Tuesday, January 27, 2009

Togo Sweet Togo

Snowflakes sent to togo from Grams
with Dagby by my side

Sorry I’m late in sending this post to let you all know that I am safe n sound back in my African village. I was really glad to have seen all you over the holidays even if it was touch and go. Life is as usual here and I was welcomed back with open arms. If it weren’t for the warm nature of the people here then I’m sure I wouldn’t have lasted this long. Yes, they can annoy me from time to time and it can be utterly exhausting dealing or working with them, let alone conversing in other tongues but…they are open and inviting. Something that is hard to find these days in the states. I’ve already been invited to dine at many homes to catch up times since I’ve left. Which usually results in asking how the family is, how Will is, how the weather was, how I celebrated the holidays…and where is their cadeau (what did I bring back for them)…then I ask the same of them.

The weather has been a bit more bearable here as we are now entering Harmattan (dry season when the winds from the Sahael kick up dust covering the skies and all else) It’s been in the mid 80’s yet I just glanced at the temp and it says 91 huh.. Brush fires are on the rise as the farmers and hunters take to clearing out patches of field by carelessly burning debris. So the winds kick up the ashes along with the sand and that’s what you breathe in for three months. There is a cool breeze and it cools at night and through the morning. Once I get back to my old sleeping schedule I may start running in the mornings again. Update : I went running this morning and felt good, since it is a lot cooler then when I had been training for the marathon. And…there weren’t as many lil school kids en route to class as I was afraid I was going to have to dodge the packs of them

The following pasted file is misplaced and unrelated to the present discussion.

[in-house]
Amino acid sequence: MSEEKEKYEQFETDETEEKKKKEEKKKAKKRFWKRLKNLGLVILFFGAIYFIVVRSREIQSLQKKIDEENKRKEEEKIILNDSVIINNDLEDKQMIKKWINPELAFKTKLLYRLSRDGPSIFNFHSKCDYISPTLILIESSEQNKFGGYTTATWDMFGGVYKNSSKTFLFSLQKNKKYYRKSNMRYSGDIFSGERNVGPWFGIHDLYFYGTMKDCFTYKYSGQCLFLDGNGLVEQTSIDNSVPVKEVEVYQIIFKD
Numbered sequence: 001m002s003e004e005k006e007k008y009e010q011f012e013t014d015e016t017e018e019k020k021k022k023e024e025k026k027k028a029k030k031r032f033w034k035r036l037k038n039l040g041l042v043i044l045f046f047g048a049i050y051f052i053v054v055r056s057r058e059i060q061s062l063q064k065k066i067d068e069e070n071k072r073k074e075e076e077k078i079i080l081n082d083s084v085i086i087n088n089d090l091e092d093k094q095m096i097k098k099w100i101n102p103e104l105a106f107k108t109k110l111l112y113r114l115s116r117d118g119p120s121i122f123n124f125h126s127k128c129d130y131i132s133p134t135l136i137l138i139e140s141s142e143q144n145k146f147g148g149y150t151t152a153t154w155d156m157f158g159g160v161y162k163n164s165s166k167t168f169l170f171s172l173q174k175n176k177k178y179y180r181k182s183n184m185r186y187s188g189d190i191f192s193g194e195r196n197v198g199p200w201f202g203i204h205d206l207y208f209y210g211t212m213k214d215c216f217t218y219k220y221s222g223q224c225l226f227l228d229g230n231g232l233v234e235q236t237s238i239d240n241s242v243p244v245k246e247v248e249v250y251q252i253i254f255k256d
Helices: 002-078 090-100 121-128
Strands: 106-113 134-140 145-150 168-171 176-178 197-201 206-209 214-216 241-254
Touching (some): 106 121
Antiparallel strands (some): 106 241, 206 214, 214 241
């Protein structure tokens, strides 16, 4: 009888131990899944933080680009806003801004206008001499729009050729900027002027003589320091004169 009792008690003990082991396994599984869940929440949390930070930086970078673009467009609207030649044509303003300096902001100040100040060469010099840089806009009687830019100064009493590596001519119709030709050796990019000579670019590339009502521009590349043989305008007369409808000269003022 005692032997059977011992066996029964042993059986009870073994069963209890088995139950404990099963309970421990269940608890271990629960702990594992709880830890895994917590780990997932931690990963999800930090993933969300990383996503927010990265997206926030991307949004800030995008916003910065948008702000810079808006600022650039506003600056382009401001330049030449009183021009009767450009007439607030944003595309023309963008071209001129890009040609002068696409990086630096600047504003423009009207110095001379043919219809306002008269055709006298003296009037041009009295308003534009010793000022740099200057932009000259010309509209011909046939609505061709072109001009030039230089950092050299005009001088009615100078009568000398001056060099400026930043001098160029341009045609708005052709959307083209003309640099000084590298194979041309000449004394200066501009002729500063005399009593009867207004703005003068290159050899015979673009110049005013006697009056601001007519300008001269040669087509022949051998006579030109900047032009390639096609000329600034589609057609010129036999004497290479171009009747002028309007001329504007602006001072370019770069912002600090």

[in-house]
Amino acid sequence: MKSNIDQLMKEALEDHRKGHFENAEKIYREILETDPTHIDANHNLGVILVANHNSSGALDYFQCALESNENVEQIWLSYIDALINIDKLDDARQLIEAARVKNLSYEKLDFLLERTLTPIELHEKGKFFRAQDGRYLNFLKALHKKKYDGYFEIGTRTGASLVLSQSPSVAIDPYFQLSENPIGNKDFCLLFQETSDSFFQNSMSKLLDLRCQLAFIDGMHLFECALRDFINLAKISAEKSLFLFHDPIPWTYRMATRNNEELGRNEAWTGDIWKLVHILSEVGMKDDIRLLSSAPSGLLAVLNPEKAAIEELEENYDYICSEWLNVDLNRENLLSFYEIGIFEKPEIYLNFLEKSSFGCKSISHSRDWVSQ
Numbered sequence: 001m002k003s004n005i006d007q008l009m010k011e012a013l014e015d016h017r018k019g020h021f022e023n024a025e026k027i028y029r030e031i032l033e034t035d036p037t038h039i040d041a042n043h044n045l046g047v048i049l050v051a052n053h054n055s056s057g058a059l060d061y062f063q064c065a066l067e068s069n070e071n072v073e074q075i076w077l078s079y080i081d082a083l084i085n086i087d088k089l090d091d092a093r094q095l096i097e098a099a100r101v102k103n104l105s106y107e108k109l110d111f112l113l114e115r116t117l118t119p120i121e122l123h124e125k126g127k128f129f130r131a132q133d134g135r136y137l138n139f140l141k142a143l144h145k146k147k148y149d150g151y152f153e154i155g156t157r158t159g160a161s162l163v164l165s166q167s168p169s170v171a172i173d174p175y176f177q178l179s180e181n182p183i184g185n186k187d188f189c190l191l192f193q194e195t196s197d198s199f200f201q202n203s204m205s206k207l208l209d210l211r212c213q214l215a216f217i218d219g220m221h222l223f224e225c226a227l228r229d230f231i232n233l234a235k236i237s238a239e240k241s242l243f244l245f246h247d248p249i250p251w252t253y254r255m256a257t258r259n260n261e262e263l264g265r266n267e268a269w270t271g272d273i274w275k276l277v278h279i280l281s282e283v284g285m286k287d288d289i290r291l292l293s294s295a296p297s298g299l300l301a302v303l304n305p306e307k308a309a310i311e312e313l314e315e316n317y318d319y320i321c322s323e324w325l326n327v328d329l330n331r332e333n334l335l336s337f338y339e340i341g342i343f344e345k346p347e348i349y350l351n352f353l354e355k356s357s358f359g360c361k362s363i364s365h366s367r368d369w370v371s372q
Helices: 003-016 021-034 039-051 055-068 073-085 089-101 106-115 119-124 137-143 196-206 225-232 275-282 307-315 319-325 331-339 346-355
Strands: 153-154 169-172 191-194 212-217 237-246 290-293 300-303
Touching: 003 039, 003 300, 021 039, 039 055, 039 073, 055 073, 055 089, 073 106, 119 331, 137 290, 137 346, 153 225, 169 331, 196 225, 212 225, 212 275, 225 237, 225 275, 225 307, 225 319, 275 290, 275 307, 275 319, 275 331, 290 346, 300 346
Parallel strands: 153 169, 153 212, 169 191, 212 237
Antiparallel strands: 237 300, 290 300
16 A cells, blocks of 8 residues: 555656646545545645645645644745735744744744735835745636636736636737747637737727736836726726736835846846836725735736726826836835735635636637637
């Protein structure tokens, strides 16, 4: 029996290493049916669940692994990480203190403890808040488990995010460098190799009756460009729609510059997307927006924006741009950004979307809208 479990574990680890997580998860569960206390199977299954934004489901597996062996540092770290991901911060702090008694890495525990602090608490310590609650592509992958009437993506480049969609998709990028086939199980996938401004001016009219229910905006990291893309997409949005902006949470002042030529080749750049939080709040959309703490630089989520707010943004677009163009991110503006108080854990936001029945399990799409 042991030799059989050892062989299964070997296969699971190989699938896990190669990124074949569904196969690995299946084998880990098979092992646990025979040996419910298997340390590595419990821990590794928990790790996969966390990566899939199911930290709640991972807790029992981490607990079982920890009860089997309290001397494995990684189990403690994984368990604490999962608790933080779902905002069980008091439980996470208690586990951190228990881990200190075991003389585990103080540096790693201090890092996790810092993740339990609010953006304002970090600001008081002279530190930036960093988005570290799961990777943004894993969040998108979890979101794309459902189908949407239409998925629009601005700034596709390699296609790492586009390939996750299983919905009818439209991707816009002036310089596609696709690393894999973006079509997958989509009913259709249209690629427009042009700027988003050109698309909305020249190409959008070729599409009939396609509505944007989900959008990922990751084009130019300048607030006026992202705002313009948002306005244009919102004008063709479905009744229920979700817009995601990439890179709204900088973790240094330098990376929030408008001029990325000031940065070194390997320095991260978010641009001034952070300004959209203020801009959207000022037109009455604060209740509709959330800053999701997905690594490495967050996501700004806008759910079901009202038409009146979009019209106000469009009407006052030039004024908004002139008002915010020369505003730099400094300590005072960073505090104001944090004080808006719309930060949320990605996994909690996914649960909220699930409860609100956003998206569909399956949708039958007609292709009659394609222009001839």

Some say Harmattan is not quite here yet, since this year there wasn’t that final big storm and huge rain that signaled the change of seasons and it has some worried. I have noticed climate change here maybe more that if I were home because life revolves around it. I’m living in a culture that lives day to day supported by the harvest. Where office jobs are scarce, people depend solely on an income from what they can grow. So weather is a huge deal here, and you notice the changes quickly. From the size of the produce at the local market to the changes in the moods of the people to the visual nature of the village, you can tell a difference.
You see the economy crisis play on the revenue of produce. In working with my coffee farmers the price of coffee dropped exponentially three times in the last month (unusual, but when there’s a crisis in the developed world, the undeveloped countries feel it too with a loss of market value). It is all very interesting to see how they view what goes on in other countries but have no way of counteracting the effect it will have on them. What’s also sad here is that there aren’t even stable electricity and water sources. I’m lucky to be equipped with it here but every day since I’ve been home it has cut and been unreliable. I hope when I go home I’ll carry with me the conservation skills I’ve used here.

Well not much else, I have counted the days and have roughly around 180 to go…wow. I can’t believe I’ve been here this long. As for post Peace Corps, I am going to apply for some jobs but in March we will know what schools Will was accepted at and if he has decided. If he decides to go back to school I will begin to tailor my job search to that location…but for now…the village awaits my presence.
could be Pittsburg, Seattle, Chicago…and others… Will knows his final close of service date in March and I will know mine around May so we will be able to coordinate all. I think we may try to travel a bit before heading home if we have time and take a trip through Morrocco…Spain…France then home? Not sure…all depends on a lot of things but that’s what we are thinking as of now.

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